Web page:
Sunday, 2 January 2022

Sops Of Grass And A Trip To Ownahincha Beach.

 We had a drive out today.  Our neck of the woods is incredibly quiet at the moment and I don't know if the holiday homes residents haven't come down for Christmas or people are just doing their own voluntary lockdown?  It's definitely been very quiet yet again.

We drove through Caheragh and noticed the customary sop of grass in the road.  Living here over twenty years I know this the rural sign equivalent telling road users that Road Bowling was taking place.  This sport is played predominantly in West Cork and County Antrim.

Men (usually always men) gather at the sides of the roads while men compete bowling a metal ball down the boreens.  We past over thirty men who were waiting to follow the competion.  You often see someone with a metal detector looking for a lost steel ball.  Apparently people bet heavily on the competitors and money is often raised for worthy charities.  




Onwards we travelled through Skibbereen, Leap and to Ownahincha beach.  Remember when I visited there last July and we went in Patrick's chippy for a slap up bag of chips?

There were lots of brave souls walking along the treks, roads and beaches.  We pulled up and wound down the car window:





See the Lichens on the sea wall in the bottom picture? That's a sign of clean air.  The air wasn't very clean when we noticed the chippy was shut!

At least we saw some white horses waves and had a run out.  It was better than me going for a walk on my Jack Jones and not seeing a soul up on the hills overlooking the bays.

It's been a very very quiet Christmas in the countryside next to the sea.





13 comments:

  1. I think many people have had a quiet time, Dave. My sister, who is really sociable, told me she and husband had hardly left their house. We've not seen anyone, been anywhere either.

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  2. Yes it's been very quiet the veg artist. We had to have a run out just to have a change of scenery. Says me who looks the countryside and sea every day. No we live in strange times. Thanks.

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  3. Great photographs of the sea Dave, very atmospheric. It looks like a very wild beach. Nothing like beaches in the east. We normally have gypsy horse racing in the streets of a town near here on Boxing Day but I don't think they have taken place for the past two years because of Covid and are unlikely to start again because they were not popular with the local people. They were mostly Irish gypsies from the travellers sites involved.

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  4. Thanks Rachel. It's the Atlantic Ocean and it's always very powerful. There are horse fairs in Ireland and many a famous racehorse was bought at such fairs. Covid seems to be putting the damper on lots of events, even outside ones.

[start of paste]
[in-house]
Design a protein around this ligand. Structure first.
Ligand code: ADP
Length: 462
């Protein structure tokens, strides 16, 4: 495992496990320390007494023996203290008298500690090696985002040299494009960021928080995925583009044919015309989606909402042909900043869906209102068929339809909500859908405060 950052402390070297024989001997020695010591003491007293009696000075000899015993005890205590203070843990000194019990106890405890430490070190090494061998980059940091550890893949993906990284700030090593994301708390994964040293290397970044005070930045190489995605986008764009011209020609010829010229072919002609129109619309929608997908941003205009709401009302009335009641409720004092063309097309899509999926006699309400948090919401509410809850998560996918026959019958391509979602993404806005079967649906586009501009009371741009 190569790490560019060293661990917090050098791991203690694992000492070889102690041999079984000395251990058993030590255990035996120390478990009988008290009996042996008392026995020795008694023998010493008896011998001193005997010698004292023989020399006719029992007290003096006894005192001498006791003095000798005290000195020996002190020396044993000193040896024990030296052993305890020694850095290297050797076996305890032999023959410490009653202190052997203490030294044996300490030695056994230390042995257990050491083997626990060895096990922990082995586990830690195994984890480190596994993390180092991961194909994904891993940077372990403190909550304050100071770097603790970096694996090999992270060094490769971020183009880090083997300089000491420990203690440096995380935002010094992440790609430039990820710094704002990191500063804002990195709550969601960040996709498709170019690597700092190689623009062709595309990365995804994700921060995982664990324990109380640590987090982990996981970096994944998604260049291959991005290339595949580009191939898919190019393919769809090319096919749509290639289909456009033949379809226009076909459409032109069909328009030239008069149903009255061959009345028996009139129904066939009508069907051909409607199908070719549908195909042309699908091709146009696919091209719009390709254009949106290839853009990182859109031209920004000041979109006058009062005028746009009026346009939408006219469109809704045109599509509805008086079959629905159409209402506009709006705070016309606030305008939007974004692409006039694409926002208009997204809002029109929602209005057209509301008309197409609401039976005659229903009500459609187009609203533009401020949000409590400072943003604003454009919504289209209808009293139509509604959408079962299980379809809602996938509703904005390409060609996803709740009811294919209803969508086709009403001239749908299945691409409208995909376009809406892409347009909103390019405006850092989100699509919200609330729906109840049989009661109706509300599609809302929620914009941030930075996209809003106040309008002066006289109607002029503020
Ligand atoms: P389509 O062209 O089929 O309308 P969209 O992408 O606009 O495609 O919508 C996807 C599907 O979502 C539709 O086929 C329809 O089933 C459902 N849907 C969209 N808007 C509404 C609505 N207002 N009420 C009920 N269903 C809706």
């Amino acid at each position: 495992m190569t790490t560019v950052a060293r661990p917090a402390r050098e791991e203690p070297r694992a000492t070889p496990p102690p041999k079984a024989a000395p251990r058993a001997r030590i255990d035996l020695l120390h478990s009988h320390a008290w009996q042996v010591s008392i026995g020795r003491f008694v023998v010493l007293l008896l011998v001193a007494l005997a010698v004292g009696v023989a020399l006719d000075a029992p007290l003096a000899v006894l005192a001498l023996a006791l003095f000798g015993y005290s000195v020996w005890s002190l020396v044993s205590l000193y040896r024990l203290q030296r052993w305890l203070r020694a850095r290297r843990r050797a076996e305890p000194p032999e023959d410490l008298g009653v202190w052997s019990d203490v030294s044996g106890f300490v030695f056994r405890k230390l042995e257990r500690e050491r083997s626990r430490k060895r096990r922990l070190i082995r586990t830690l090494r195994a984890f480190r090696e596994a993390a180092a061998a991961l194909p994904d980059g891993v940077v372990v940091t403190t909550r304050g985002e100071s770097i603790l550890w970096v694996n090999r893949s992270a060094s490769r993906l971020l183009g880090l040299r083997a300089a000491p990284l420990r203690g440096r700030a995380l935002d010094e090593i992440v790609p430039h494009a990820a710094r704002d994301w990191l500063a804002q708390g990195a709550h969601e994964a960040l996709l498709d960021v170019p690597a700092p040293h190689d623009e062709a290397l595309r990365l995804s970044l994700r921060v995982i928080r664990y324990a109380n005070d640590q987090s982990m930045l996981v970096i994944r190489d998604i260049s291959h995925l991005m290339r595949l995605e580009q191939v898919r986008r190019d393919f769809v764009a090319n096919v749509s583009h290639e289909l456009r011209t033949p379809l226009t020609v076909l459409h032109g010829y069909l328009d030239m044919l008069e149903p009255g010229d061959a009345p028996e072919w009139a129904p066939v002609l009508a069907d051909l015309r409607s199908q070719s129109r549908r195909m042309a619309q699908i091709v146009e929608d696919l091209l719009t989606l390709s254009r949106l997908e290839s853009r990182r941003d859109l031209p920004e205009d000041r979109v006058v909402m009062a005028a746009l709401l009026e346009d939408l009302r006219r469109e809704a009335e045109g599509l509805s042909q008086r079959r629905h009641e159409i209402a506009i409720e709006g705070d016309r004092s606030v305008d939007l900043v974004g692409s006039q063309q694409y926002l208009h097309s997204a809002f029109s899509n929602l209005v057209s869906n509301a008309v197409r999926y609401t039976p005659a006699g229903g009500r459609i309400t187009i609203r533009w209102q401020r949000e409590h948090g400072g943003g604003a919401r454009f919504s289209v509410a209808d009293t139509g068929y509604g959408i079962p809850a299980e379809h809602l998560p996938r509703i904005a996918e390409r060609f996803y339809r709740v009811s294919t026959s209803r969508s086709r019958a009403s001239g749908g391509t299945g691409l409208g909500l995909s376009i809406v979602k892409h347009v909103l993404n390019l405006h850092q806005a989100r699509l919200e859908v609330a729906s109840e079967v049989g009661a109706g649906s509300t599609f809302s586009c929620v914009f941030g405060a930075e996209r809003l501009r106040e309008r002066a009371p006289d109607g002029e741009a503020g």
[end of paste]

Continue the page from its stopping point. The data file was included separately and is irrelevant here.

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  5. Never heard of road bowling before. I hope you did not kill any lichen when you dirtied the air...

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    1. Nor had I until I encountered them here in West Cork Debby. It would never happen in England. There would be H&S officers, cordoned off roads and public liability insurance would be astronomical. Thankfully they are a lot cooler over here. Shssh.

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    2. Lichens are great. Wandering around old churchyards and looking at the epitaphs and lichens is another one of my hobbies. Old churches are another must visit especially when in England.

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  6. After an unexpectedly difficultly December - as much logistical as anything - I'm finally catching up on some of my favourite blogs to wish their authors a happy new year and say thanks for reading and commenting on mine.I was by the sea myself today - looking at lichen as it happens - such an indestructible organism (part algae part fungi I belive)
    But I go on... I hope next year brings us all better times and plenty of words (and pictures) to inspire and entertain.
    Best wishes
    Mark

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  7. Most definitely Mark and may you have more success with the pen, camera, mouse and keyboard. Happy New Year and to your family and friends.

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  8. I know a lot about Ireland and its traditions but I had never heard of road bowling before. I wonder why they bowl underarm and not overarm like a cricketer. Back in 1957, the men were well-dressed with smart haircuts. Why don't you look like that Dave?

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  9. Yes Yp road bowling seems to be confined to county Cork and Antrim. Do you remember donkey drops? Under arm Cricket bowling was banned in 1981. I agree men were very smart and the female folk wore skirts and dresses. How times have changed.

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  10. The world must be full of novel, localized, 'sporting' traditions that seem a bit weird to anyone from outside the region. Many it seems are only kept alive these days to support charitable collections. F loves your first photo of the sea - winter sun on the waves.

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  11. Yes Tigger you are right the world must be full of novel, localized, sporting traditions. I once heard of someone stopping his lorry full of straw to bet at a Road Bowling race. He lost his bet (load of straw) and he had to go back for another load of straw. I love the mighty white horses roller Atlantic waves especially in Winter.

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